Jinny Sims wants to be Mayor of Surrey
Parvasi Media News
Her appetite to serve her people has not satiated yet. She has already served as a Member of Parliament as well as Member of Provincial Parliament or Assembly. And now wants to be Mayor.
She is none other than Jinny Sims, one of most successful Canadian politicians of Punjabi descent. In case she succeeds in wearing the robe of a Mayor, she will become the first Punjabi woman to have played all three roles, of an MP, of an MLA and a Mayor.
Normally, those getting into politics plan their growth by starting from their towns as Councillors and then Mayor before graduating into the provincial assembly as an MLA and finally reaching their ultimate destination, a place in the federal Parliament, the House of Commons.
But in case, it is going to be the other way.
Only other politician of Punjab origin to have done this is Amarjit Sohi, the incumbent Mayor of Edmonton. After serving on the Cabinet of Justin Trudeau as an MP, Amarjit Sohi returned to roots to serve as a Mayor of his home town Edmonton.
Now former NDP politician Jinny Sims has announced her decision that she will enter the mayor’s race in Surrey. She has become a notable new candidate to a civic-election campaign already filled with drama because of controversies surrounding the current mayor.
Ms Sims, who has represented ridings in Surrey as a federal and provincial NDP member since 2011, said the problems surrounding Mayor Doug McCallum and his team are the provocations for her to make this decision. To serve her people and solve the problems facing them, she has decided to be in the running to represent the second-most-populous city in B.C. The town has a fairly large population of South Asian migrants, especially those of Punjabi descent.
“I’m doing this because city hall is broken. It lacks transparency. I’m running to bring fairness,” Ms Sims said while making her decision known. She is currently the MLA for Surrey-Panorama. Jinny Sims started her political graph as president of the B.C. Teachers Federation in the 2000s when teachers were locked in a protracted battle with the B.C. Liberal government.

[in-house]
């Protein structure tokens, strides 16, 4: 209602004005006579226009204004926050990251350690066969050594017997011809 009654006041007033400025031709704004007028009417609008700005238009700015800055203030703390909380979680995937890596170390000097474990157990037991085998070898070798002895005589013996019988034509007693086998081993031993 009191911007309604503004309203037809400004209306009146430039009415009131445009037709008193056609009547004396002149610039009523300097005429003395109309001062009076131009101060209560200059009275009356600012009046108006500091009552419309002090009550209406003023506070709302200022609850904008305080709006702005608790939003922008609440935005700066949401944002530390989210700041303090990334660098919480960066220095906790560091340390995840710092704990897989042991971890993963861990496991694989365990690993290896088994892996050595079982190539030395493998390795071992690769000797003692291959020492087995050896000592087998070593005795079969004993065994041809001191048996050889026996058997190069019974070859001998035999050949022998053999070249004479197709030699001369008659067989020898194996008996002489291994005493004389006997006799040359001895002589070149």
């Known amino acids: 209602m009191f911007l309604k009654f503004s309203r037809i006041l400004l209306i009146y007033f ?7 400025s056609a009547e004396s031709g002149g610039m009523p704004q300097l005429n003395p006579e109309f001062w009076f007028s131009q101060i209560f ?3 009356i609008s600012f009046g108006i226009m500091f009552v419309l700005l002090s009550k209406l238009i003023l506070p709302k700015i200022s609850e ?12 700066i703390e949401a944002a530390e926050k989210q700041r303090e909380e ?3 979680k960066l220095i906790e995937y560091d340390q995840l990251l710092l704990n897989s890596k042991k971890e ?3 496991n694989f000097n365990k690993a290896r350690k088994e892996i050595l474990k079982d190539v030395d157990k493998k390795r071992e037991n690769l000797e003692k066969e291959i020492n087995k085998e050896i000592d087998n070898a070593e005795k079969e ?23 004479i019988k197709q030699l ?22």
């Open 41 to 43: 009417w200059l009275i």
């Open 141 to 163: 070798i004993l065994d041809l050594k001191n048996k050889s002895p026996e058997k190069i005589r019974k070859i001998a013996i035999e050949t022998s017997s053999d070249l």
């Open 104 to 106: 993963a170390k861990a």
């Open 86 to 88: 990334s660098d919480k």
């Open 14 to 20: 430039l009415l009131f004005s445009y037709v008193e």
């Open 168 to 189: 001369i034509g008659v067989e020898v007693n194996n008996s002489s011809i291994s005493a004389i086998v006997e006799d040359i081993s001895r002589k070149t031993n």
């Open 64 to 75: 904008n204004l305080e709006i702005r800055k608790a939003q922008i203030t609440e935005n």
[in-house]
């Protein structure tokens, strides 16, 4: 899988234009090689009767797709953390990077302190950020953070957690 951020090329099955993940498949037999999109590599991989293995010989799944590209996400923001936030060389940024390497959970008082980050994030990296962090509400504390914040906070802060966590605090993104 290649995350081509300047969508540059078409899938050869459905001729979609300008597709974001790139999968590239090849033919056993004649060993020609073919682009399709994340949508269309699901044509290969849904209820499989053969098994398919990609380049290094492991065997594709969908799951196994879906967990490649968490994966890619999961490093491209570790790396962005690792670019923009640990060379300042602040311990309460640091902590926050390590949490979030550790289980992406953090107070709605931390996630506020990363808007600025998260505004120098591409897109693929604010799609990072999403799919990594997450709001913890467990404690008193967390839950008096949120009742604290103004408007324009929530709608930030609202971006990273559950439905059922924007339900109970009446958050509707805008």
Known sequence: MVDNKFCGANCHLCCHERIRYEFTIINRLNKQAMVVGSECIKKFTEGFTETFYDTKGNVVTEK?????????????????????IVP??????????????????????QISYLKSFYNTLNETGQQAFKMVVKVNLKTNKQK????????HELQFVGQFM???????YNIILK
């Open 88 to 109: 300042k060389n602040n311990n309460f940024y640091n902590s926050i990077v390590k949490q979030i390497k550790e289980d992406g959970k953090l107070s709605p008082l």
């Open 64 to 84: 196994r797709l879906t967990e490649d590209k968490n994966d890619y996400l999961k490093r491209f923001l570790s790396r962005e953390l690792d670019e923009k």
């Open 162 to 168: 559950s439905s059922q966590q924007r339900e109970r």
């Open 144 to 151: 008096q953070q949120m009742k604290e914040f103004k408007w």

Mayoral election is scheduled for October 15.
“It’s time to take Surrey forward. It’s a city that has so much to offer,” she says.
Her entry in tumultuous, crowded campaigns in both Vancouver and Surrey ahead of the October Mayoral elections has added a new dimension. Various parties are coming together to challenge mayors who, like councils, are perceived to be vulnerable and fractured.
While announcing her decision to run for Mayor, Jinny Sims has floated Surrey Forward, a new party that, she says, plans to run a half dozen council candidates. Her party will be one of four parties competing in the run for Mayor and Council members. Her campaign manager, Stephen Carter, recently ran the successful mayoral bid of Jyoti Gondek, another South Asian migrant of Punjabi descent, in Calgary.
Interestingly, Alberta is the only province that has two incumbent South Asian migrants as Mayors. And Jinny Sims will be only second woman of Punjabi descent to run for Mayor.
Naranjan Singh Grewal was the first migrant of Punjabi descent to become Mayor in Canada. He was first elected to Council in Mission in 1950 and four years later became the Mayor of Mission.
Besides Amarjit Sohi and Jinny Sims, who remained MPs, before contesting the Mayoral elections, Bal Gosal, too, had tried to run for Mayor of Brampton. From 2011 to 2015 Bal Gosal was Member of Parliament for Bramalea-Gore-Malton, and as Minister of State for Sport in the Harper government. He claimed to remain the longest serving Minister in that portfolio in Canadian history. While joining the run for Mayor in Brampton he held that he understood very well how to get results from the federal and provincial governments.
He was unsuccessful in the 2018 election as he finished third while the incumbent Patrick Brown won and Linda Jaffrey was close second.
Ms. Sims is the third mayoral candidate to enter the fray in Surrey. Mr. McCallum will run again with his Safe Surrey Coalition party. Councillor Brenda Locke, a former B.C. Liberal MLA who broke away from Mr. McCallum’s party shortly after being elected, is also running for mayor and has formed Surrey Connect.
By: Prabhjot Singh